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1.  Regulation of Dendritic Cell Function in Inflammation 
Journal of Immunology Research  2015;2015:743169.
Dendritic cells (DC) are professional antigen presenting cells and link the innate and adaptive immune system. During steady state immune surveillance in skin, DC act as sentinels against commensals and invading pathogens. Under pathological skin conditions, inflammatory cytokines, secreted by surrounding keratinocytes, dermal fibroblasts, and immune cells, influence the activation and maturation of different DC populations including Langerhans cells (LC) and dermal DC. In this review we address critical differences in human DC subtypes during inflammatory settings compared to steady state. We also highlight the functional characteristics of human DC subsets in inflammatory skin environments and skin diseases including psoriasis and atopic dermatitis. Understanding the complex immunoregulatory role of distinct DC subsets in inflamed human skin will be a key element in developing novel strategies in anti-inflammatory therapy.
PMCID: PMC4503598
2.  Glycosylation of Candida albicans Cell Wall Proteins Is Critical for Induction of Innate Immune Responses and Apoptosis of Epithelial Cells 
PLoS ONE  2012;7(11):e50518.
C. albicans is one of the most common fungal pathogen of humans, causing local and superficial mucosal infections in immunocompromised individuals. Given that the key structure mediating host-C. albicans interactions is the fungal cell wall, we aimed to identify features of the cell wall inducing epithelial responses and be associated with fungal pathogenesis. We demonstrate here the importance of cell wall protein glycosylation in epithelial immune activation with a predominant role for the highly branched N-glycosylation residues. Moreover, these glycan moieties induce growth arrest and apoptosis of epithelial cells. Using an in vitro model of oral candidosis we demonstrate, that apoptosis induction by C. albicans wild-type occurs in early stage of infection and strongly depends on intact cell wall protein glycosylation. These novel findings demonstrate that glycosylation of the C. albicans cell wall proteins appears essential for modulation of epithelial immunity and apoptosis induction, both of which may promote fungal pathogenesis in vivo.
PMCID: PMC3511564  PMID: 23226301
3.  Models of oral and vaginal candidiasis based on in vitro reconstituted human epithelia 
Nature protocols  2006;1(6):2767-2773.
This protocol describes the setup, maintenance and characteristics of models of epithelial Candida infections based on well-established three-dimensional organotypic tissues of human oral and vaginal mucosa. Infection experiments are highly reproducible and can be used for the direct analysis of pathogen–epithelial cell interactions. This allows detailed investigations of Candida albicans wild type or mutant strain interaction with epithelial tissue or the evaluation of the host immune response using histological, biochemical and molecular methods. As such, the models can be utilized as a tool to investigate cellular interactions or protein and gene expression that are not complicated by non-epithelial factors. To study the impact of innate immunity or the antifungal activity of natural and non-natural compounds, the mucosal infection models can be supplemented with immune cells, antimicrobial agents or probiotic bacteria. The model requires at least 3 days to be established and can be maintained thereafter for 2–4 days.
PMCID: PMC3244617  PMID: 17406503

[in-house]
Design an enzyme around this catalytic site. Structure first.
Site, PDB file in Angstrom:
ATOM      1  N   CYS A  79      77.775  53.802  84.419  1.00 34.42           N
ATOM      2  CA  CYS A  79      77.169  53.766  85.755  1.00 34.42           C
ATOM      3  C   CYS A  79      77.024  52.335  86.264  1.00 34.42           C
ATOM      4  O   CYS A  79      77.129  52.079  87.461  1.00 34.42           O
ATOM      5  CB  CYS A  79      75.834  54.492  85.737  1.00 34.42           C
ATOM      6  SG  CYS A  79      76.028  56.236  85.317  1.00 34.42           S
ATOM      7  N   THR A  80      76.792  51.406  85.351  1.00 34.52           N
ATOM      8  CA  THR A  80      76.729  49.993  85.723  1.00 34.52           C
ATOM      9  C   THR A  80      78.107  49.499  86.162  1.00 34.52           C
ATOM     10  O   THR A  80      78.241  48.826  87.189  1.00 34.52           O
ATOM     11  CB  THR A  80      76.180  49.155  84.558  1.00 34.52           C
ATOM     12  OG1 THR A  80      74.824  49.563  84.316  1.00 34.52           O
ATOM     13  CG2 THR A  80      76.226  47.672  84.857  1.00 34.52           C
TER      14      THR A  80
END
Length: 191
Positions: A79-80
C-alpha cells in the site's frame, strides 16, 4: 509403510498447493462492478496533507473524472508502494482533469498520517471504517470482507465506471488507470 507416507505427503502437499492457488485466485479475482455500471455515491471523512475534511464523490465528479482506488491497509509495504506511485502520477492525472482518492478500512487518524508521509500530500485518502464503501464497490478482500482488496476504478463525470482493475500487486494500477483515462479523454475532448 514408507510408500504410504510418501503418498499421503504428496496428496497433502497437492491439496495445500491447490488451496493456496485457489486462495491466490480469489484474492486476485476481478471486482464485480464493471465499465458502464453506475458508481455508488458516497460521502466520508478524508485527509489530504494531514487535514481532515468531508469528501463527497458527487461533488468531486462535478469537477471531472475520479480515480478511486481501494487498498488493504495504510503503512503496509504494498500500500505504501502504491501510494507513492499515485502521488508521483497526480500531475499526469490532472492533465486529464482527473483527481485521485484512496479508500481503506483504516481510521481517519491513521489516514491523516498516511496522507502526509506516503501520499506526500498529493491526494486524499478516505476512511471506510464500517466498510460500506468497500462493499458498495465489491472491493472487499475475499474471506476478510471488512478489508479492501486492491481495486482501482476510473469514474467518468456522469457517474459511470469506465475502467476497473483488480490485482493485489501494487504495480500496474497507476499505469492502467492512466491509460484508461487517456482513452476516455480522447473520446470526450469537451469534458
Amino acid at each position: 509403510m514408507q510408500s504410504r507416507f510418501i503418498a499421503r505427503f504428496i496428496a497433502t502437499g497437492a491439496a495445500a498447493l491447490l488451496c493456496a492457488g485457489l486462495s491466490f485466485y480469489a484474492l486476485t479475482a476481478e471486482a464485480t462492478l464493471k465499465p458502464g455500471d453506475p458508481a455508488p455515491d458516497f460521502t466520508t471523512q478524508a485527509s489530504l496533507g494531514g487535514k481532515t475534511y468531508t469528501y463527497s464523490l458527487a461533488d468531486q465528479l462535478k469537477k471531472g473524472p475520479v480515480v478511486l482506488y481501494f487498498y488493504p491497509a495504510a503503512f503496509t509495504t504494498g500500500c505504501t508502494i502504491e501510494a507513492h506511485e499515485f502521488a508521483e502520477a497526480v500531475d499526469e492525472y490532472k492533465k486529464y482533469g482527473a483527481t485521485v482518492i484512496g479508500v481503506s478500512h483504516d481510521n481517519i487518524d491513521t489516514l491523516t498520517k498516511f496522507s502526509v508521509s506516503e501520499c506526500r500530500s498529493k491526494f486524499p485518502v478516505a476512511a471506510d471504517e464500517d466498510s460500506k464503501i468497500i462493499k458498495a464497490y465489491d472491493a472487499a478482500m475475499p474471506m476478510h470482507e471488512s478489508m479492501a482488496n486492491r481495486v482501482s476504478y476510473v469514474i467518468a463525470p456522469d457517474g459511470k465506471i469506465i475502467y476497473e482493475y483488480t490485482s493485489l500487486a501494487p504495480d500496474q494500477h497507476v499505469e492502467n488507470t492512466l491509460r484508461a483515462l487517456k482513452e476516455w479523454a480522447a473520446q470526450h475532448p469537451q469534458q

4.  Quantitative expression of the Candida albicans secreted aspartyl proteinase gene family in human oral and vaginal candidiasis 
Microbiology (Reading, England)  2008;154(Pt 11):3266-3280.
A quantitative real-time RT-PCR system was established to identify which secreted aspartyl proteinase (SAP) genes are most highly expressed and potentially contribute to Candida albicans infection of human epithelium in vitro and in vivo. C. albicans SC5314 SAP1–10 gene expression was monitored in organotypic reconstituted human epithelium (RHE) models, monolayers of oral epithelial cells, and patients with oral (n=17) or vaginal (n=17) candidiasis. SAP gene expression was also analysed in Δsap1–3, Δsap4–6, Δefg1 and Δefg1/cph1 mutants to determine whether compensatory SAP gene regulation occurs in the absence of distinct proteinase gene subfamilies. In monolayers, RHE models and patient samples SAP9 was consistently the most highly expressed gene in wild-type cells. SAP5 was the only gene significantly upregulated as infection progressed in both RHE models and was also highly expressed in patient samples. Interestingly, the SAP4–6 subfamily was generally more highly expressed in oral monolayers than in RHE models. SAP1 and SAP2 expression was largely unchanged in all model systems, and SAP3, SAP7 and SAP8 were expressed at low levels throughout. In Δsap1–3, expression was compensated for by increased expression of SAP5, and in Δsap4–6, expression was compensated for by SAP2: both were observed only in the oral RHE. Both Δsap1–3 and Δsap4–6 mutants caused RHE tissue damage comparable to the wild-type. However, addition of pepstatin A reduced tissue damage, indicating a role for the Sap family as a whole in inducing epithelial damage. With the hypha-deficient mutants, RHE tissue damage was significantly reduced in both Δefg1/cph1 and Δefg1, but SAP5 expression was only dramatically reduced in Δefg1/cph1 despite the absence of hyphal growth in both mutants. This indicates that hypha formation is the predominant cause of tissue damage, and that SAP5 expression can be hypha-independent and is not solely controlled by the Efg1 pathway but also by the Cph1 pathway. This is believed to be the first study to fully quantify SAP gene expression levels during human mucosal infections; the results suggest that SAP5 and SAP9 are the most highly expressed proteinase genes in vivo. However, the overall contribution of the Sap1–3 and Sap4–6 subfamilies individually in inducing epithelial damage in the RHE models appears to be low.